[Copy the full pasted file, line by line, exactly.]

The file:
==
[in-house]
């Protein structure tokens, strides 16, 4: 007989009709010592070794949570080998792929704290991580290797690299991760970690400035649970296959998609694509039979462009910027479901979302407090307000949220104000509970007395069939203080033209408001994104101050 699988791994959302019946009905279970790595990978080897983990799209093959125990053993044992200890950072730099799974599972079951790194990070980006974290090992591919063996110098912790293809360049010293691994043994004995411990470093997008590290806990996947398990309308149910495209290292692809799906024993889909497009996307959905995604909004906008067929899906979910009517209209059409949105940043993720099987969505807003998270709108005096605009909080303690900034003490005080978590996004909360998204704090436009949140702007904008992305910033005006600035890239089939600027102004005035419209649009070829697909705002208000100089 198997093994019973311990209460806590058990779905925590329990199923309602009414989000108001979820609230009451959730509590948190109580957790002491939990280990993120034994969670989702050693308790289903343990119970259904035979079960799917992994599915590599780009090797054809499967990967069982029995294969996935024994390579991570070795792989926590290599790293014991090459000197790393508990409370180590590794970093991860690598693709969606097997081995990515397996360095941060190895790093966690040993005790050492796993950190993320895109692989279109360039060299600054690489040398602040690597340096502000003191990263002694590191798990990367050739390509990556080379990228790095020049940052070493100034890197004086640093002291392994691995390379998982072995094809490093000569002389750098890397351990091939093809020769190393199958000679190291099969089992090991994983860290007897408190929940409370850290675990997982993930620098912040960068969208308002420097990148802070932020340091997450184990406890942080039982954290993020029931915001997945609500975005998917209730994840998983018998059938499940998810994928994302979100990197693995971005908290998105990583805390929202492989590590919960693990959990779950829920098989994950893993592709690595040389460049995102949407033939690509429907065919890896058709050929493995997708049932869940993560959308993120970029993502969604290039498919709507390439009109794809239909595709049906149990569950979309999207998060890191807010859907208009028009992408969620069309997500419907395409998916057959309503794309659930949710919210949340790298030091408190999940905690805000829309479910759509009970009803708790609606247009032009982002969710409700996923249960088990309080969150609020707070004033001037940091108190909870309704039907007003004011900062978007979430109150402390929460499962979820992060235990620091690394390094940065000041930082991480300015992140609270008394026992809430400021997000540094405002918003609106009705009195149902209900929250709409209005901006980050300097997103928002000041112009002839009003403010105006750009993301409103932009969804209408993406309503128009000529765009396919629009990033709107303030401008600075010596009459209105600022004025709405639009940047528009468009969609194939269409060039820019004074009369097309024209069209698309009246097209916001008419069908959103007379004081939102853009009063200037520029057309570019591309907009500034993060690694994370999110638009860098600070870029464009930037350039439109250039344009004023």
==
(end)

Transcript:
[in-house]
């Protein structure tokens, strides 16, 4: 007989009709010592070794949570080998792929704290991580290797690299991760970690400035649970296959998609694509039979462009910027479901979302407090307000949220104000509970007395069939203080033209408001994104101050 699988791994959302019946009905279970790595990978080897983990799209093959125990053993044992200890950072730099799974599972079951790194990070980006974290090992591919063996110098912790293809360049010293691994043994004995411990470093997008590290806990996947398990309308149910495209290292692809799906024993889909497009996307959905995604909004906008067929899906979910009517209209059409949105940043993720099987969505807003998270709108005096605009909080303690900034003490005080978590996004909360998204704090436009949140702007904008992305910033005006600035890239089939600027102004005035419209649009070829697909705002208000100089 198997093994019973311990209460806590058990779905925590329990199923309602009414989000108001979820609230009451959730509590948190109580957790002491939990280990993120034994969670989702050693308790289903343990119970259904035979079960799917992994599915590599780009090797054809499967990967069982029995294969996935024994390579991570070795792989926590290599790293014991090459000197790393508990409370180590590794970093991860690598693709969606097997081995990515397996360095941060190895790093966690040993005790050492796993950190993320895109692989279109360039060299600054690489040398602040690597340096502000003191990263002694590191798990990367050739390509990556080379990228790095020049940052070493100034890197004086640093002291392994691995390379998982072995094809490093000569002389750098890397351990091939093809020769190393199958000679190291099969089992090991994983860290007897408190929940409370850290675990997982993930620098912040960068969208308002420097990148802070932020340091997450184990406890942080039982954290993020029931915001997945609500975005998917209730994840998983018998059938499940998810994928994302979100990197693995971005908290998105990583805390929202492989590590919960693990959990779950829920098989994950893993592709690595040389460049995102949407033939690509429907065919890896058709050929493995997708049932869940993560959308993120970029993502969604290039498919709507390439009109794809239909595709049906149990569950979309999207998060890191807010859907208009028009992408969620069309997500419907395409998916057959309503794309659930949710919210949340790298030091408190999940905690805000829309479910759509009970009803708790609606247009032009982002969710409700996923249960088990309080969150609020707070004033001037940091108190909870309704039907007003004011900062978007979430109150402390929460499962979820992060235990620091690394390094940065000041930082991480300015992140609270008394026992809430400021997000540094405002918003609106009705009195149902209900929250709409209005901006980050300097997103928002000041112009002839009003403010105006750009993301409103932009969804209408993406309503128009000529765009396919629009990033709107303030401008600075010596009459209105600022004025709405639009940047528009468009969609194939269409060039820019004074009369097309024209069209698309009246097209916001008419069908959103007379004081939102853009009063200037520029057309570019591309907009500034993060690694994370999110638009860098600070870029464009930037350039439109250039344009004023």